University’s Late-Noticed Claim Not Covered Under Claims-Made-And-Reported Policy; Notoriety of Claim Not an Excuse
The United States District Court for the District of Massachusetts, applying Massachusetts law, has held that a university’s late-noticed claim was not covered under a claims-made-and-reported insurance policy. President & Fellows of Harvard Coll. v. Zurich Am. Ins. Co., 2022 WL 16639238 (D. Mass. Nov. 2, 2022). The court found that the insurer did not need to show it was prejudiced by the late notice and that it was irrelevant whether the insurer may have had actual or constructive notice of the claim during the reporting period.
The insured university had an excess claims-made-and-reported insurance policy for the Policy Period of November 1, 2014 to November 1, 2015. The policy provided that all claims must be reported in writing to the insurer no later than 90 days after the end of the Policy Period (i.e., January 30, 2016). During the Policy Period, the university was named in a lawsuit alleging that its admissions policy discriminated against Asian American students. The suit was not reported to the insurer until May 23, 2017. The insurer denied coverage, and litigation followed.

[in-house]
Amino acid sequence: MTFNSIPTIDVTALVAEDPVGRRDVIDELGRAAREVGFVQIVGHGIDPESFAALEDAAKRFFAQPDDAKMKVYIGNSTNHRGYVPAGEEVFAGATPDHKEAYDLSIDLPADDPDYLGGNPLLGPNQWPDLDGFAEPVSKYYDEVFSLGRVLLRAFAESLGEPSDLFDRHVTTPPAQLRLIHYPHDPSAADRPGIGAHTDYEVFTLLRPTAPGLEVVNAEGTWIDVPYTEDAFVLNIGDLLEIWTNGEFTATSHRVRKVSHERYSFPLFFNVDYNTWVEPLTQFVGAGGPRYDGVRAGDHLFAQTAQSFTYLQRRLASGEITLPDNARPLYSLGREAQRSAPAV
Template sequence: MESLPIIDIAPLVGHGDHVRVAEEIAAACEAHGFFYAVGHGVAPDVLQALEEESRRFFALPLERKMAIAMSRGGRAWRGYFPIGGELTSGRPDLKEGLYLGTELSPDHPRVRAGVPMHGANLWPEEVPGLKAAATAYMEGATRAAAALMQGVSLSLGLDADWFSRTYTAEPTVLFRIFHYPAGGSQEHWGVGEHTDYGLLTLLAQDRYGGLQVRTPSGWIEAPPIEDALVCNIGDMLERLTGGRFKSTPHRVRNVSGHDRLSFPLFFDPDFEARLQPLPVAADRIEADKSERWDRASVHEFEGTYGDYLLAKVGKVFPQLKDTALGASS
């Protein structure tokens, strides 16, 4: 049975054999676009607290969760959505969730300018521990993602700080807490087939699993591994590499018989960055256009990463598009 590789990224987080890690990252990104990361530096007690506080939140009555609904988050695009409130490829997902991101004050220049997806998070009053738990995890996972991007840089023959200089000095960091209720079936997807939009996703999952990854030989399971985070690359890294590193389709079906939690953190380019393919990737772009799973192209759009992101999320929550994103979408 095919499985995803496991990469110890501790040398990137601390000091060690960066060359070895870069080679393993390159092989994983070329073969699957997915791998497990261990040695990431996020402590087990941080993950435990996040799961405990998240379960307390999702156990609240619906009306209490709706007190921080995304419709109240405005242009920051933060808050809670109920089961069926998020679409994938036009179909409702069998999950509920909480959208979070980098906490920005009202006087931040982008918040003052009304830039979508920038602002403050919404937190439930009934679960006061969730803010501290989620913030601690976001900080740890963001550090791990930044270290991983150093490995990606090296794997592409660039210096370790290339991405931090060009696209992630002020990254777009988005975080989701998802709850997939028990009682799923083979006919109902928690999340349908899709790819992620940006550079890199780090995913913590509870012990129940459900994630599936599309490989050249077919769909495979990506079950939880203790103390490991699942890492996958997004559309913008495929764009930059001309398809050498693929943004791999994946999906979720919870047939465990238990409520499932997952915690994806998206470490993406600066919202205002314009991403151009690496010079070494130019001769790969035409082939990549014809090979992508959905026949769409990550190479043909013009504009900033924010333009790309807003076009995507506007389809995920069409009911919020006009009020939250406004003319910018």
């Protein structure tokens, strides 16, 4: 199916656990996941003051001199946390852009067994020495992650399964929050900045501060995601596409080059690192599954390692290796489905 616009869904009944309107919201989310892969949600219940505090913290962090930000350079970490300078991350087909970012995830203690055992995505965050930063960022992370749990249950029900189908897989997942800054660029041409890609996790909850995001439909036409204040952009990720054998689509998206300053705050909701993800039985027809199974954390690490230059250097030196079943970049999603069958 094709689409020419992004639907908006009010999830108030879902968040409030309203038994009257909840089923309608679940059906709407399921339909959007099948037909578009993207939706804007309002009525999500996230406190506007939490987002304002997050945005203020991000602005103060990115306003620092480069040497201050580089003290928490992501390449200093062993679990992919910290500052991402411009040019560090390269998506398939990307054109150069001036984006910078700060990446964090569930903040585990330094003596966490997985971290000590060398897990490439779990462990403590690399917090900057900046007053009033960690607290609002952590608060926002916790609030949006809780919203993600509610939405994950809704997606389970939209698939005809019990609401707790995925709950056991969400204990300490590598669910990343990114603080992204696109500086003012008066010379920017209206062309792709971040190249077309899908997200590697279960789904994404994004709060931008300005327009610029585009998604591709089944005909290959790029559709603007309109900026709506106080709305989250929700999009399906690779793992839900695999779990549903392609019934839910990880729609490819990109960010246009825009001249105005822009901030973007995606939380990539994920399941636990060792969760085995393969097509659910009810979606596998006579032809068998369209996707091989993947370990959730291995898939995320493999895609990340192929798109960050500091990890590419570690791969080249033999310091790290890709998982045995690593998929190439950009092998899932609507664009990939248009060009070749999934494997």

The court granted the insurer’s motion for summary judgment, finding that the policy’s notice requirement was a condition precedent to coverage and that the university undisputedly reported the lawsuit late. The court found that the insurer did not need to show that it was prejudiced in order to deny coverage based on late notice because, under Massachusetts law, the notice requirements in a claims-made-and-reported policy are strictly enforced. The insured argued that the underlying lawsuit was widely publicized, but the court held that the result would be the same even if the insurer had actual or constructive knowledge of the underlying lawsuit during the reporting period. The court concluded that the notice provisions in claims-made-and-reported policies leave no “wiggle room” to excuse an insured’s noncompliance.